What worked: I love the concept of a mother-daughter book club! How fun would that be to get together with your bestest friends and talk about books, books, books at a family-owned Jane Austen-themed “Pie and Prejudice” coffeeshop!? I would be so down for that. This was a very fun, yet lengthy, holiday read that took me back to my boy-crazy tween days. I also liked that the chapters revolved from one girl to the next, which helped me keep track of the dozens of characters in this book. Also, some of the girls got rather tiresome, so it was nice to take a break and jump to the next vignette.
What didn’t work: The length of this thing! In this digital age, it takes a lot to capture the attention of middle-grade girls, so I’m just not sure if this would be a hit for target readers. Even for me, it felt really long and slow-paced.
Summed up: This is a cute story about friendship, mother-daughter bonding and the power of literature! Despite it’s slow pace, I would recommend it to mothers of teens and tweens who enjoy G-rated feel-good stories.
My True Love Gave to Me: Twelve Holiday Stories, edited by Stephanie Perkins
Synapsis: Love is abloom in a dozen of teen-friendly holiday stories featuring a diverse array of characters of different religions, sexualities and identities.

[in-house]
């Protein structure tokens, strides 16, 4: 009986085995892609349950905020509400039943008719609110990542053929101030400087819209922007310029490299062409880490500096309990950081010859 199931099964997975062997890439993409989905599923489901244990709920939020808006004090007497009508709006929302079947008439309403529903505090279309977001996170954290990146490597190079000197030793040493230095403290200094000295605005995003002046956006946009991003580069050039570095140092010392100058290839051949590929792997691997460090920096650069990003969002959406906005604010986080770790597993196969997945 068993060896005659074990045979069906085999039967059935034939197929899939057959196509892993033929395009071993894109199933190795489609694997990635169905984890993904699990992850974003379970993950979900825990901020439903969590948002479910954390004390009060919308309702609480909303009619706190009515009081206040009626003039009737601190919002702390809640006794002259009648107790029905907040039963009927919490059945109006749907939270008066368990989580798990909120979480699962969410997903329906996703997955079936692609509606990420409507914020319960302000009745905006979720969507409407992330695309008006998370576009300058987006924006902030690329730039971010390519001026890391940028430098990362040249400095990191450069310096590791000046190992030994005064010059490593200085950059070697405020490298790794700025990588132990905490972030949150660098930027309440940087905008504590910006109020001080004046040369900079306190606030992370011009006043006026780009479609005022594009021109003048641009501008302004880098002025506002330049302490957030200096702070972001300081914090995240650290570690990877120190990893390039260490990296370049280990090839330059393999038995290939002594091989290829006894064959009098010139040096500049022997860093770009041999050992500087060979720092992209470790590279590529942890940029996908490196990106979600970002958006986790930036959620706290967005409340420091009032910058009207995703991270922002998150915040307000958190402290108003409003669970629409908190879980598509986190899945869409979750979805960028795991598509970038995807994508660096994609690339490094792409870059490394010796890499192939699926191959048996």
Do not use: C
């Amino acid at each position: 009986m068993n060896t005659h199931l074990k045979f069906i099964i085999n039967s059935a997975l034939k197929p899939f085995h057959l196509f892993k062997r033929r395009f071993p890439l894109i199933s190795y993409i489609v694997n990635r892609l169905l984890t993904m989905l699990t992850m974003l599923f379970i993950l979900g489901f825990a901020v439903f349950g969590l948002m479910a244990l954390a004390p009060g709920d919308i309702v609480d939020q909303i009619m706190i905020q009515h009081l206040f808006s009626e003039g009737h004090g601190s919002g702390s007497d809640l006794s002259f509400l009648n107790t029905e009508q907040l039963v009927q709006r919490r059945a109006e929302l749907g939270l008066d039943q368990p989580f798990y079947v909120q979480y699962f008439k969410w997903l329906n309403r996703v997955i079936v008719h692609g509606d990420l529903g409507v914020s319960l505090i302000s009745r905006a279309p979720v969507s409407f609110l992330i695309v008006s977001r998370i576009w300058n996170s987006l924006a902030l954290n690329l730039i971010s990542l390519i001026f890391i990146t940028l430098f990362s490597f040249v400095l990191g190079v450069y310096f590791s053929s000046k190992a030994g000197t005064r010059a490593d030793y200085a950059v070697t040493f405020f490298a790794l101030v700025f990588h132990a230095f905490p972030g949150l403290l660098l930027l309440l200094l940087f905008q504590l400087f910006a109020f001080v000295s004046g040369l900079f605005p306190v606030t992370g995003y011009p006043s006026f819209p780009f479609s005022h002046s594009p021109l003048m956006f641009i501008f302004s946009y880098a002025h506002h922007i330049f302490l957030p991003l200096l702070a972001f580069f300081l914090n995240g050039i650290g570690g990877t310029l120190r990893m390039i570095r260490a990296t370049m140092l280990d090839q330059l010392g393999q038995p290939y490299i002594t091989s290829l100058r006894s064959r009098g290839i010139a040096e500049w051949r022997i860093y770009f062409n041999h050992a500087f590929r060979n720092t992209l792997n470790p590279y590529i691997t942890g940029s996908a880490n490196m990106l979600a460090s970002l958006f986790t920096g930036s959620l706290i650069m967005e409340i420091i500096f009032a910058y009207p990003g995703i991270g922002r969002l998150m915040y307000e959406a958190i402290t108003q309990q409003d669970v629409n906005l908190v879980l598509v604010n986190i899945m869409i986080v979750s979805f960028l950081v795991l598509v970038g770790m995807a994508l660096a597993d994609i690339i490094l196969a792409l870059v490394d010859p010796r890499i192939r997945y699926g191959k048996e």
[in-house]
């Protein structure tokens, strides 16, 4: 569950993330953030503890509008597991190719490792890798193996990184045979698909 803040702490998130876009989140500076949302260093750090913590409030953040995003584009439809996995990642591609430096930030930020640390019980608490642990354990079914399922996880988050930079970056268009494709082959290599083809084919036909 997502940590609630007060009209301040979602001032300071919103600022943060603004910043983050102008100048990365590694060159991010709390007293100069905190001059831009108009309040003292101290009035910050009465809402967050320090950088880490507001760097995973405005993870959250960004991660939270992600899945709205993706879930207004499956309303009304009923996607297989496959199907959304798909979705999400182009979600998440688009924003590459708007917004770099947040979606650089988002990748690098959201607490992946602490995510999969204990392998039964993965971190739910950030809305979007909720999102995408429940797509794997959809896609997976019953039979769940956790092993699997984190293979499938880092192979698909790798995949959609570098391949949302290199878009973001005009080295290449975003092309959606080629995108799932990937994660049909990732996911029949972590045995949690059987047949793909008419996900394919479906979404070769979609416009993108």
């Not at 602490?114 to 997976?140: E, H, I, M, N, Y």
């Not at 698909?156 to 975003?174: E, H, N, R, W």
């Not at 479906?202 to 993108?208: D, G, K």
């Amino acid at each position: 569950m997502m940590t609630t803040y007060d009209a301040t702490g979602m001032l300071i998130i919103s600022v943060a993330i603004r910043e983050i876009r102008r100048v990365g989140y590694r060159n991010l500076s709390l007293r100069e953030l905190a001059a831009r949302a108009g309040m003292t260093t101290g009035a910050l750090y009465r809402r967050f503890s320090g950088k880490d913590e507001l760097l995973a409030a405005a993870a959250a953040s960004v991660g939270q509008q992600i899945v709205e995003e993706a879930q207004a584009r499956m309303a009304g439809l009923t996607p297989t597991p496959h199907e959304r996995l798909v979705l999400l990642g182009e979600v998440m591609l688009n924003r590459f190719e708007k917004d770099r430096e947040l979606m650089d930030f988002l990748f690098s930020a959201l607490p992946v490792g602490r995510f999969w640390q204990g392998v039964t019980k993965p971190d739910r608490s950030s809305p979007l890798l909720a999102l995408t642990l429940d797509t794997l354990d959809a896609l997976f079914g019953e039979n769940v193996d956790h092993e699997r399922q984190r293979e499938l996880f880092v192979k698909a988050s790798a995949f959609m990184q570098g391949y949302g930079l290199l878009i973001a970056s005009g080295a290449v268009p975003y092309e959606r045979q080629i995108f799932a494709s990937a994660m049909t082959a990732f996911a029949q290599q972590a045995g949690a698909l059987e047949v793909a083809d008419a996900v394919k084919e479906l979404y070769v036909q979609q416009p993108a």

What worked: As with all anthologies, some stories are worthwhile reads while others are entirely skippable. The opening story titled “Midnights” is probably the best in the bunch. I loved how the story jumped from one New Year’s Eve party to the next, allowing the reader to delve into the lives of the two would-be lovers as they sang “Auld Lang Syne” together year after year after year. It really would make for a fantastic Netflix movie! I also loved Stephanie Perkins’ contribution titled “It’s a Yuletide Miracle, Charlie Brown,” which involved a down-on-her-luck girl who finds herself in a whirlwind romance with the boy from the street-corner Christmas tree lot. Those two stories were enough to make this book well worth my while.
What didn’t work: Well, like I said before, some stories just didn’t hit the mark, mainly because the characters and the storylines just weren’t relatable. At the risk of sounding like a persnickety old lady, some of the dialogue was little too crass for my taste as well. But that’s the beauty of short stories—you just flip on through to the next and find yourself some real gems!